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Keeping your child safe whilst online


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The balance of respecting your child’s privacy whilst keeping them safe

As your children start to access online material, the issue of online safety comes up. With the current technological age, young people have access to all sorts of information that can be both upsetting and dangerous and it is part of a parent’s duty to protect and support their children to stay safe.

Rules and boundaries

Supporting their safety alongside their independence can be a tricky edge. It involves having conversations, setting rules and agreeing boundaries about expected behaviours. The rules that you set will depend on their age and what you feel is appropriate, but areas to consider giving guidance on, include the amount of time that they can spend online, the time of day that they can go on, the websites that they can visit or the activities that they can take part in, sharing images and videos, behaving respectfully online in terms of not saying anything that you’d not say face to face.

If they play online games check the age rating of all games that they play before they go on, find out who they are playing with and what information they are giving to other players. Stick to a clear agreement about how much time they spend playing to avoid them developing an addiction to gaming.

Web content

safety onlineBeing aware of the content of websites is also important, especially in the areas of pornography or other inappropriate content. Some websites can be very suggestive around behaviours whereas others contain explicit images and language. Have your computer home page set to a website that is appropriate for your children and for younger children visit the website yourself first to check out the content and with older children agree a list of websites that they can visit and have a rule that they ask you if they can visit any others. Have another rule that they check with you before they register onto a new website such as Facebook or Twitter.

Parental controls

Parental controls are an online feature that allow you to have settings on your computer that control what your children can access and privacy settings that ensure that information stays private. These controls are not 100% effective so they should compliment rather than replace conversations. Controls can be set on all gadgets that access the Internet including phones, tablets and laptops but be aware that if your child goes away from home the same filters may not be in place. If this happens, agree with your child what they will use if they access WIFI or use computers in other peoples houses. For more information about setting up controls see http://www.saferinternet.org.uk/advice-and-resources/parents-and-carers/parental-controls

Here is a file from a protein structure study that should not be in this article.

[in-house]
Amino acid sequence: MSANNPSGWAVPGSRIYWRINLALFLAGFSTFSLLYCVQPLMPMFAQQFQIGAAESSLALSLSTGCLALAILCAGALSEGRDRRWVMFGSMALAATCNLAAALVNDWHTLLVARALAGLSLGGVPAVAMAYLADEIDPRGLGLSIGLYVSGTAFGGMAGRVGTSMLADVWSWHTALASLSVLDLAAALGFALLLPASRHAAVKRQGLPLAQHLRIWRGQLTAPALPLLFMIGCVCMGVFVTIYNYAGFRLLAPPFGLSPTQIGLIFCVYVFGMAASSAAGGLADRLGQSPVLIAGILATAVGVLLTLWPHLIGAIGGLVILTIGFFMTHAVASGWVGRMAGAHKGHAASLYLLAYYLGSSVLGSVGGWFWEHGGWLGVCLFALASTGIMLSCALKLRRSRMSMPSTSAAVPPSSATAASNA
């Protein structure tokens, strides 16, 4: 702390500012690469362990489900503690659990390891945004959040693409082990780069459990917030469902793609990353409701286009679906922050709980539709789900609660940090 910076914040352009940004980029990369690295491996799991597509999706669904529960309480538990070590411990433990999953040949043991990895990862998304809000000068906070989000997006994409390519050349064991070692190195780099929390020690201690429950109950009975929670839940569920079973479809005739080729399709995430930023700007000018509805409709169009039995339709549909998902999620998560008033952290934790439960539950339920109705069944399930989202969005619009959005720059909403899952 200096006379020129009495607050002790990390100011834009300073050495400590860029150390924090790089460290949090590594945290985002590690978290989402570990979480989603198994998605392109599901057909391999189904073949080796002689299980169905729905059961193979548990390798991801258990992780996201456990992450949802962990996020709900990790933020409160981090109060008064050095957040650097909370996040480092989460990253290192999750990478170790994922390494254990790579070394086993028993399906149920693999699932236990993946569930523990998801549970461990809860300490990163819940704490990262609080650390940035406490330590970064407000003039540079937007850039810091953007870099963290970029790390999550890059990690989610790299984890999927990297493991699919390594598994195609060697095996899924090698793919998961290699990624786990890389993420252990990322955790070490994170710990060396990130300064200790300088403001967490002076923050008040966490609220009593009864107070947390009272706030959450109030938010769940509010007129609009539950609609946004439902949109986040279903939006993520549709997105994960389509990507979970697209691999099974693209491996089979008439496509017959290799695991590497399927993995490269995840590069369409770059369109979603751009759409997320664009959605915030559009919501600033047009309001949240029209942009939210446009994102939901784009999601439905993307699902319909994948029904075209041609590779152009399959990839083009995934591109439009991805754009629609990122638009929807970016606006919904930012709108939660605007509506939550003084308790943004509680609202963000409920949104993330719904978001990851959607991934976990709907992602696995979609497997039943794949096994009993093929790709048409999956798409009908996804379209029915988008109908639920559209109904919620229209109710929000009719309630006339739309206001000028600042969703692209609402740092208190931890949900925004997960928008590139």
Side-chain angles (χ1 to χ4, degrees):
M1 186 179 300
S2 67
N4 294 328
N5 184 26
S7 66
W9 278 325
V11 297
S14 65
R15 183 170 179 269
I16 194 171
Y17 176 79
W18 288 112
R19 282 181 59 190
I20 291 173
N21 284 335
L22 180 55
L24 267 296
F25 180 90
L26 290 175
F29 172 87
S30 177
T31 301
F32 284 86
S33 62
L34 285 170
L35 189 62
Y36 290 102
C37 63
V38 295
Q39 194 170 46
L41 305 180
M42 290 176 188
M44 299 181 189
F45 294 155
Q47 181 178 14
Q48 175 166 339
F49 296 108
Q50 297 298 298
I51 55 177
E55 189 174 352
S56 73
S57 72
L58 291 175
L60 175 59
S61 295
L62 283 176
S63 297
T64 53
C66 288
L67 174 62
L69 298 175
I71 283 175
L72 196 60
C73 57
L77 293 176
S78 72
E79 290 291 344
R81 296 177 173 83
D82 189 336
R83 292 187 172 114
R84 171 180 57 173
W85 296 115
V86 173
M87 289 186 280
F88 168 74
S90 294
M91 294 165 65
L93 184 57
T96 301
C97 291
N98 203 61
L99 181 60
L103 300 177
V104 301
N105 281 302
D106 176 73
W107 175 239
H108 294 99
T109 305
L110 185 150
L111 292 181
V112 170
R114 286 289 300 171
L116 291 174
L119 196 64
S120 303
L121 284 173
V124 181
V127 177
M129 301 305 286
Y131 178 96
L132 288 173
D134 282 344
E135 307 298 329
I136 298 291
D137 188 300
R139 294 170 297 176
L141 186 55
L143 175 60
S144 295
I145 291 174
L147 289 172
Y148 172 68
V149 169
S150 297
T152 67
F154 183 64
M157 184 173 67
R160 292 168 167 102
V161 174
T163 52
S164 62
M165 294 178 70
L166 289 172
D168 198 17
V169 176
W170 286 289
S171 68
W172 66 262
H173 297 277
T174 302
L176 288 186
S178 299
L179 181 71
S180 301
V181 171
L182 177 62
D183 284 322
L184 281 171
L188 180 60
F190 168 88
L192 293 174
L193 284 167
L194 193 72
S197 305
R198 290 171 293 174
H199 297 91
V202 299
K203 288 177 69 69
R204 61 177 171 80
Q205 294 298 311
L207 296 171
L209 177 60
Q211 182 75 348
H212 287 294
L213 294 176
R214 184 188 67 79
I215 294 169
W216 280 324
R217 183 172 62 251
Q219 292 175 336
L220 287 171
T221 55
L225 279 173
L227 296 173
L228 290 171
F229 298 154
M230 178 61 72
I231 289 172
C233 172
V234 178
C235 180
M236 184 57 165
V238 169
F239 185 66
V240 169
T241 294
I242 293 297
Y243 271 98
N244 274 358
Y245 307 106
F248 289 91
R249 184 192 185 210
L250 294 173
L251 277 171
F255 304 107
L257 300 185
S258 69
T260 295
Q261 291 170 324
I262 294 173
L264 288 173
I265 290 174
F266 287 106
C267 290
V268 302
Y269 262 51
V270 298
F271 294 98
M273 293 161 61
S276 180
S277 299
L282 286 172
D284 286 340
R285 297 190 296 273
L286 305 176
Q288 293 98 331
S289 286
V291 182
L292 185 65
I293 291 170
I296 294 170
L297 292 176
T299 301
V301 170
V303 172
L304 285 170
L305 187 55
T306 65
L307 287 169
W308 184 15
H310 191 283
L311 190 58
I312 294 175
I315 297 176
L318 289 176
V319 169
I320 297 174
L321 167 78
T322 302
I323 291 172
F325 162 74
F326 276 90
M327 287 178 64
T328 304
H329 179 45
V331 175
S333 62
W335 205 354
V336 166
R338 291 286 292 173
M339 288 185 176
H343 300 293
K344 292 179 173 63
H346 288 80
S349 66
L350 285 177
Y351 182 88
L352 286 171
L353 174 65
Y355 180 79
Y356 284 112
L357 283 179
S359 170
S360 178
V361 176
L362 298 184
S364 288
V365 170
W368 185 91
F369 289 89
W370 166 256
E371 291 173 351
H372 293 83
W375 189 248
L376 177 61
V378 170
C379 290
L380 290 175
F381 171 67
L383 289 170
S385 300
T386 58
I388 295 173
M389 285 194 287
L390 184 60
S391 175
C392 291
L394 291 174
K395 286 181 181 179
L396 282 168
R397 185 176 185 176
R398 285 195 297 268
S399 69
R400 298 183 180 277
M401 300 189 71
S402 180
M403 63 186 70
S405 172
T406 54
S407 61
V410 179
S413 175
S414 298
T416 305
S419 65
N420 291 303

Talk to your kids!

We are in an age where children know more about online matters than most adults. Part of keeping your children safe involves having conversations whereby they tell you what they would do in certain situations. Ask them how they would advise their friends to stay safe and how they would go about using the safety features of a site that they use. When they are at the age of social networking sites you can have an agreement that they are allowed to register as long as there is a trusted adult as one of their online friends.


Once you’ve agreed the rules and boundaries it’s important to trust your children unless they give your reason to do otherwise. You can check in with them every so often about how they are managing but giving them space to be trusted is an essential part of letting them grow up. If you feel concerned for any reason be straightforward and let them know the reasons for your worries. For more general information on staying safe, using safety settings on individual sites such as facebook see http://www.nspcc.org.uk/help-and-advice/for-parents/online-safety/how-to-help/help-child-safe-online_wda99633.html



About Jenny Smith

About Jenny Smith

Jenny Smith is a freelance writer and facilitator specialising in mental health, well-being and ecotherapy. She writes for National Mind and The Working Parent and facilitates training in the Work that Reconnects and Ecotherapy. She is inspired by nature, gardening, love and non-duality teachings

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